Let me preface this presentation by saying that I am extremely embarassed to even
do it and offer my sincere apologies. There was so much smoke in the crater from surrounding
forest fires that the lake was barely visible. I was really bummed because Crater Lake was one
of the primo places I wanted to photograph on my trip to the northwest in 2018. So, consider it a placeholder for
the excellent pictures I plan on taking on my next visit. Nuff said.
Crater Lake National Park was established in 1902 and is the fifth-oldest national park in the U.S. It's the only national park in Oregon. Crater Lake, the main feature of the park, lies in a caldera formed 7,700 years ago when the volcano, Mount Mazama, erupted and then collapsed. At 1,949 feet deep, Crater Lake is the deepest lake in the United States, and it's famous for its clear water and deep blue color (like I saw any of that). There are two islands in the lake, Wizard Island to the west and Phantom Ship to the south (southeast).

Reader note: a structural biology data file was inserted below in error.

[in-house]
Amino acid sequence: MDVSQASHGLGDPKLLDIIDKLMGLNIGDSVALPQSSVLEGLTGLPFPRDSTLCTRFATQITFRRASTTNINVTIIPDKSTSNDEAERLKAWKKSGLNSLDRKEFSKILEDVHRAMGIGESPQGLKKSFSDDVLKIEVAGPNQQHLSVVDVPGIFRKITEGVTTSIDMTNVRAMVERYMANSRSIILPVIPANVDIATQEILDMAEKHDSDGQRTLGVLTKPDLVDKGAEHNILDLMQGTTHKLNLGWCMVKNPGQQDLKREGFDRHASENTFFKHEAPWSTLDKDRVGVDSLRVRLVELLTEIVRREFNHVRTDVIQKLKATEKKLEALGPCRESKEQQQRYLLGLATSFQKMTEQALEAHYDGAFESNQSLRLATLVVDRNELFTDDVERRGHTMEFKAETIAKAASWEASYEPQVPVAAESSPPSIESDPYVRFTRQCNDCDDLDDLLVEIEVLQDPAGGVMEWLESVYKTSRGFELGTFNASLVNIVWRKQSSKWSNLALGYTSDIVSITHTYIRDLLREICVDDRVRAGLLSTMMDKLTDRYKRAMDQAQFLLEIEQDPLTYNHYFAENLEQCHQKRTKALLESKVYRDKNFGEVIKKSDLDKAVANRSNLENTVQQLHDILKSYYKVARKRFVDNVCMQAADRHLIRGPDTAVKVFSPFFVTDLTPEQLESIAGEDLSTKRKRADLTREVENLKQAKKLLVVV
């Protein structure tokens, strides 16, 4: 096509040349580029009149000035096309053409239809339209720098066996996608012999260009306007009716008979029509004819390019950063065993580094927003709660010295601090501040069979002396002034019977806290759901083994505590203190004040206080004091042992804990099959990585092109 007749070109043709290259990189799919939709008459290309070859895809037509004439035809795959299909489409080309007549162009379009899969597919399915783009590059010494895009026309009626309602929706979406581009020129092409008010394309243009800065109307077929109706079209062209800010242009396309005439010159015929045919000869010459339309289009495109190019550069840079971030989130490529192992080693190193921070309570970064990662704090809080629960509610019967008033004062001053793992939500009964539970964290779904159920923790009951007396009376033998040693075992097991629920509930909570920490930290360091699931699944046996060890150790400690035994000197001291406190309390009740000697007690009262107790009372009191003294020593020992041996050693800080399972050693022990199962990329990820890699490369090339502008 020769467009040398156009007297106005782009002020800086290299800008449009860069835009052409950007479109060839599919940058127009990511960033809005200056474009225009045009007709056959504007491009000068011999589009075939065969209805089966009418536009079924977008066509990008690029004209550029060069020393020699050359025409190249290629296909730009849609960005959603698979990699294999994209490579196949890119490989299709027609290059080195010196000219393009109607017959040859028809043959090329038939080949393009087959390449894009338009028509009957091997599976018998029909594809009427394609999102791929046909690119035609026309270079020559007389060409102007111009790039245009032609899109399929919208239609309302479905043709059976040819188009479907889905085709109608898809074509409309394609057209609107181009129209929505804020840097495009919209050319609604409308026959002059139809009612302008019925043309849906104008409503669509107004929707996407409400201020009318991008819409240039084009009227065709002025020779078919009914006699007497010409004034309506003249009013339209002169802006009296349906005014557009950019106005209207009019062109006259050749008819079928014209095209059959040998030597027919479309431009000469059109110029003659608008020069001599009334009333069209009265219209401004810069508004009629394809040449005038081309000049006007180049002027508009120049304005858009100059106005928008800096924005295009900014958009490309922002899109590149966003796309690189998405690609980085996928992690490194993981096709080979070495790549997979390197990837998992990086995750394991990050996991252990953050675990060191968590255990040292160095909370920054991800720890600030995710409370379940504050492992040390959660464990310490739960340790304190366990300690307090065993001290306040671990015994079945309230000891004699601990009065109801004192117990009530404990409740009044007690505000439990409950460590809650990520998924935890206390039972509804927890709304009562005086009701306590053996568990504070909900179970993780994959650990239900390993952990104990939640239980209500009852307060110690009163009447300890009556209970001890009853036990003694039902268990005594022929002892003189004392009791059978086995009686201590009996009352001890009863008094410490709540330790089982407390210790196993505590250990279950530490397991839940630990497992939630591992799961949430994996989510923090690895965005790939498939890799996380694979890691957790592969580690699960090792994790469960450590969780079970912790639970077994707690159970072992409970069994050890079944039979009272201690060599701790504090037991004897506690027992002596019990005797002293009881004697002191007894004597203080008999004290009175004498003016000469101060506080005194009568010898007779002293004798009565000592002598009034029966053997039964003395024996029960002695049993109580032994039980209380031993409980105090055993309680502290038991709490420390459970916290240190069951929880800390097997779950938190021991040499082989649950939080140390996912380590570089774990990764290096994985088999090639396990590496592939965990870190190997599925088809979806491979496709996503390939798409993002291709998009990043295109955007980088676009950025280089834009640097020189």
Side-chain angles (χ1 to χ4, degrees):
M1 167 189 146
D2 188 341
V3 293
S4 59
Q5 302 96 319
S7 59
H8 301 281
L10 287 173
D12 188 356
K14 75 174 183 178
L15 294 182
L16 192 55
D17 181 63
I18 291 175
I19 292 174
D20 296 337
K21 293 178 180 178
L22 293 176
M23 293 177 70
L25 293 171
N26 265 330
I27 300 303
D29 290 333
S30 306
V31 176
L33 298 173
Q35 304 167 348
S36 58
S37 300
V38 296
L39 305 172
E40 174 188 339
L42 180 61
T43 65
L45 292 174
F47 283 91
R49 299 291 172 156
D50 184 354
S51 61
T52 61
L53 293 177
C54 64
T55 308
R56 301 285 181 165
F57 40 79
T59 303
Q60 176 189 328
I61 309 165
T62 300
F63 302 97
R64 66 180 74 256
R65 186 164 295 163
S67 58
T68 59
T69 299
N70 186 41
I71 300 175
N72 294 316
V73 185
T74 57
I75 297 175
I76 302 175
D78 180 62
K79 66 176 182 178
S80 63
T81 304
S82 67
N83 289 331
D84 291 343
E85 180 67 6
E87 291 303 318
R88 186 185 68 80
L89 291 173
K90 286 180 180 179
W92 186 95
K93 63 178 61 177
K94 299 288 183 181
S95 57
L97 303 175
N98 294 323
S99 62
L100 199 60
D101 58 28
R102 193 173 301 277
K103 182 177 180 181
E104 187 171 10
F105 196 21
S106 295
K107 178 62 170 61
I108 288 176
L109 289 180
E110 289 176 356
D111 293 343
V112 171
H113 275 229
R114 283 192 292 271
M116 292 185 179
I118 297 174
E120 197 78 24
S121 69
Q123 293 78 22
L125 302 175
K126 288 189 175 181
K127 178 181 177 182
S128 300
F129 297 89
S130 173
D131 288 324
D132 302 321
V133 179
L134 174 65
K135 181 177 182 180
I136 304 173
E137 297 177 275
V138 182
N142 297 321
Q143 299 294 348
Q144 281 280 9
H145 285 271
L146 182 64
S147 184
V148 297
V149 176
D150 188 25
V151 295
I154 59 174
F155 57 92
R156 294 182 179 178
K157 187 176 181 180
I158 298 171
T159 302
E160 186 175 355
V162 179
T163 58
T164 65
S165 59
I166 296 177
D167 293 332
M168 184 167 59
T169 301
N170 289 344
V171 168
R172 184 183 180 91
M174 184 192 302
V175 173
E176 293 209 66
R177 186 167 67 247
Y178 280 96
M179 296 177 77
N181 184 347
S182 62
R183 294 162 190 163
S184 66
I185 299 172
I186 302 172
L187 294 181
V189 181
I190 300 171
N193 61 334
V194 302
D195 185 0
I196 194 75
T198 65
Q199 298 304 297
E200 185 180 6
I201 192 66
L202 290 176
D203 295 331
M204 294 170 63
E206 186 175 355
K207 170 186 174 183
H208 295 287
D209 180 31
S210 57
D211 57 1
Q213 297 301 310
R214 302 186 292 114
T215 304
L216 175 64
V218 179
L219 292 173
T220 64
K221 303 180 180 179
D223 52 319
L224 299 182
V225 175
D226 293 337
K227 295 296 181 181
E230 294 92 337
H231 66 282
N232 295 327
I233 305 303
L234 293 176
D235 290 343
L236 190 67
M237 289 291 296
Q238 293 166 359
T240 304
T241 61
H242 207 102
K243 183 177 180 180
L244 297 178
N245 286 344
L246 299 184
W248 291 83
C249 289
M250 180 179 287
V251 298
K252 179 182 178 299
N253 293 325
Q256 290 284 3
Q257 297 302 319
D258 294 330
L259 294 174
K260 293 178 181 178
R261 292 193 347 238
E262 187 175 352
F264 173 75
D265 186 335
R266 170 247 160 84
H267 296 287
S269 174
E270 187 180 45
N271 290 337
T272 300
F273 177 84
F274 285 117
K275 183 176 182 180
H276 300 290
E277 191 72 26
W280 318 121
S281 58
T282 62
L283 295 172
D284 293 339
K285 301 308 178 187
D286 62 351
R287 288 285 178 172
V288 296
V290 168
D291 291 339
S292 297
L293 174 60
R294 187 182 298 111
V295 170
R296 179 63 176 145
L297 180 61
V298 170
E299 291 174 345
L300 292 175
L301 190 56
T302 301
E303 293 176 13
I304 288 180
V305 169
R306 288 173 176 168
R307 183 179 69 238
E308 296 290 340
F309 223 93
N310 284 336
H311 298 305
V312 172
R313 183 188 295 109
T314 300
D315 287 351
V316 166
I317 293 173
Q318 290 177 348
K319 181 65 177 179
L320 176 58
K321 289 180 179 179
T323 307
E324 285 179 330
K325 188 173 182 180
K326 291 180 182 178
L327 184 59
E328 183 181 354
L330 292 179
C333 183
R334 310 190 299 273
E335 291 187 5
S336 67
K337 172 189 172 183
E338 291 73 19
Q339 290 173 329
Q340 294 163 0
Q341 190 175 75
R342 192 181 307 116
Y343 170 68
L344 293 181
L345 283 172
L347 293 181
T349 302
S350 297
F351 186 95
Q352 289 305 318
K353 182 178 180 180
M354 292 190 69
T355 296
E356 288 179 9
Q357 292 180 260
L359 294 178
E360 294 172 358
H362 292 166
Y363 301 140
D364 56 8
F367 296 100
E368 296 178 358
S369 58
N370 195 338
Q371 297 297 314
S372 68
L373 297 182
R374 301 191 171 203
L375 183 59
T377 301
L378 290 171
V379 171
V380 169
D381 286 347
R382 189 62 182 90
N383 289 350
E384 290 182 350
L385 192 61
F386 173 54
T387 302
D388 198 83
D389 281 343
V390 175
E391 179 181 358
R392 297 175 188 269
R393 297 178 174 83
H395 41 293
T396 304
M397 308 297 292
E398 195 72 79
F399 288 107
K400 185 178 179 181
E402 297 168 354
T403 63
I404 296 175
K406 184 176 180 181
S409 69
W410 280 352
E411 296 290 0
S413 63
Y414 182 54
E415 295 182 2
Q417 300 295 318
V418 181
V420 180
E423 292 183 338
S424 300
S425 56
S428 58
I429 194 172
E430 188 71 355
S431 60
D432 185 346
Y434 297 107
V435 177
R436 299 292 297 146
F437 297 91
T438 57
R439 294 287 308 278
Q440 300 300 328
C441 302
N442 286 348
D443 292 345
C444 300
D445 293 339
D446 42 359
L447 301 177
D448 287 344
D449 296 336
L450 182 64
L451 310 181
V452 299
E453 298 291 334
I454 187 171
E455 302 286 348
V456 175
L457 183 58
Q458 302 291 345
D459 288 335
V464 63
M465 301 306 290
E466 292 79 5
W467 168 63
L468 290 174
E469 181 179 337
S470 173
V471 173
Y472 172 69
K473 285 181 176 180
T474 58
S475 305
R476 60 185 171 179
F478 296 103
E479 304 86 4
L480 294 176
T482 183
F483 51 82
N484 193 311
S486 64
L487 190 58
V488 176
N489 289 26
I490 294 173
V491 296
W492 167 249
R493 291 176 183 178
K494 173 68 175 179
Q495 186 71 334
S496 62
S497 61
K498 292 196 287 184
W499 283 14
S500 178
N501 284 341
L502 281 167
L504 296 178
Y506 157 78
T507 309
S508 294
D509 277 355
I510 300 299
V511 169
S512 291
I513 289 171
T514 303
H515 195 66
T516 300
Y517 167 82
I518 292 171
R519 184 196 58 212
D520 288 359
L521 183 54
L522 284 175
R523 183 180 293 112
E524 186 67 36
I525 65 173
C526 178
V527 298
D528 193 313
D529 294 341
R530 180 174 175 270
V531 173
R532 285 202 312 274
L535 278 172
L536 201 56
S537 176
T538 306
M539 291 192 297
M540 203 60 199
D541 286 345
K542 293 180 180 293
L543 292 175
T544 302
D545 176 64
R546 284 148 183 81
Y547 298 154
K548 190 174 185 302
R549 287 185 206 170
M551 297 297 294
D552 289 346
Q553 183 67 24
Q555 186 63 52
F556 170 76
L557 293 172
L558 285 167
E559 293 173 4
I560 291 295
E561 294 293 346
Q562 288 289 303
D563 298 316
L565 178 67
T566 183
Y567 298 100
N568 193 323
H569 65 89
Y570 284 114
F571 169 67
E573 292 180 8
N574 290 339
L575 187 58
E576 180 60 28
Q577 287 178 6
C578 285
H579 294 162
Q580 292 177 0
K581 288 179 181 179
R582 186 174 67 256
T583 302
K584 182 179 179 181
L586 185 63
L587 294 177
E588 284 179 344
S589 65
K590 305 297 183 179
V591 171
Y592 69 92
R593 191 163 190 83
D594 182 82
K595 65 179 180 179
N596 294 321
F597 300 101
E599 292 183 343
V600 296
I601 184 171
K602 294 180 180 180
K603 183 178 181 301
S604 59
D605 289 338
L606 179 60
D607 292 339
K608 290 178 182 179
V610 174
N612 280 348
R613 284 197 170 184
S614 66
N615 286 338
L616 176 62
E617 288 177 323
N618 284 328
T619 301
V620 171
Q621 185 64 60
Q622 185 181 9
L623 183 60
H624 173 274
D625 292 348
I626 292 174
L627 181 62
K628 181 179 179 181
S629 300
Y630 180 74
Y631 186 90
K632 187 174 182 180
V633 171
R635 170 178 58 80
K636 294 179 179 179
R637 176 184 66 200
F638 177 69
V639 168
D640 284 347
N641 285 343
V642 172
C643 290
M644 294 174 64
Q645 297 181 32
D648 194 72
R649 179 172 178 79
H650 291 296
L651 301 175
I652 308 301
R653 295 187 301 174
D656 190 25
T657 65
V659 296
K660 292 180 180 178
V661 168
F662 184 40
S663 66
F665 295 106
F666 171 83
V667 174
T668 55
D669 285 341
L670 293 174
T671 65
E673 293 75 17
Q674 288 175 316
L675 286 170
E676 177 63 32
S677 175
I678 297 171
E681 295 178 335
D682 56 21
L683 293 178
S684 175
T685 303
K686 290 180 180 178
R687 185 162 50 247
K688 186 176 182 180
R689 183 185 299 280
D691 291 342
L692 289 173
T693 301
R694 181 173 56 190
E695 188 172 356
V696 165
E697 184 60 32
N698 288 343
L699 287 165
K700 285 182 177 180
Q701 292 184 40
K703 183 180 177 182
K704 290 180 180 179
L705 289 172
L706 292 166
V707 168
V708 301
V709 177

Super-heated pumice flowed into Wheeler Creek canyon at the time of the Mount Mazama eruption. Steam and gas escaped through vents in the pumice, welding and solidfying the sides of the vents. Thousands of years of erosion eventually wore away the softer pumice, exposing the solidified vents or pinnacles that are seen today.
This concludes my sad little presentation of Crater Lake. Hopefully I'll have
much better, smoke free photos next visit.
Background content obtained from Wikipedia and the National Park Service.
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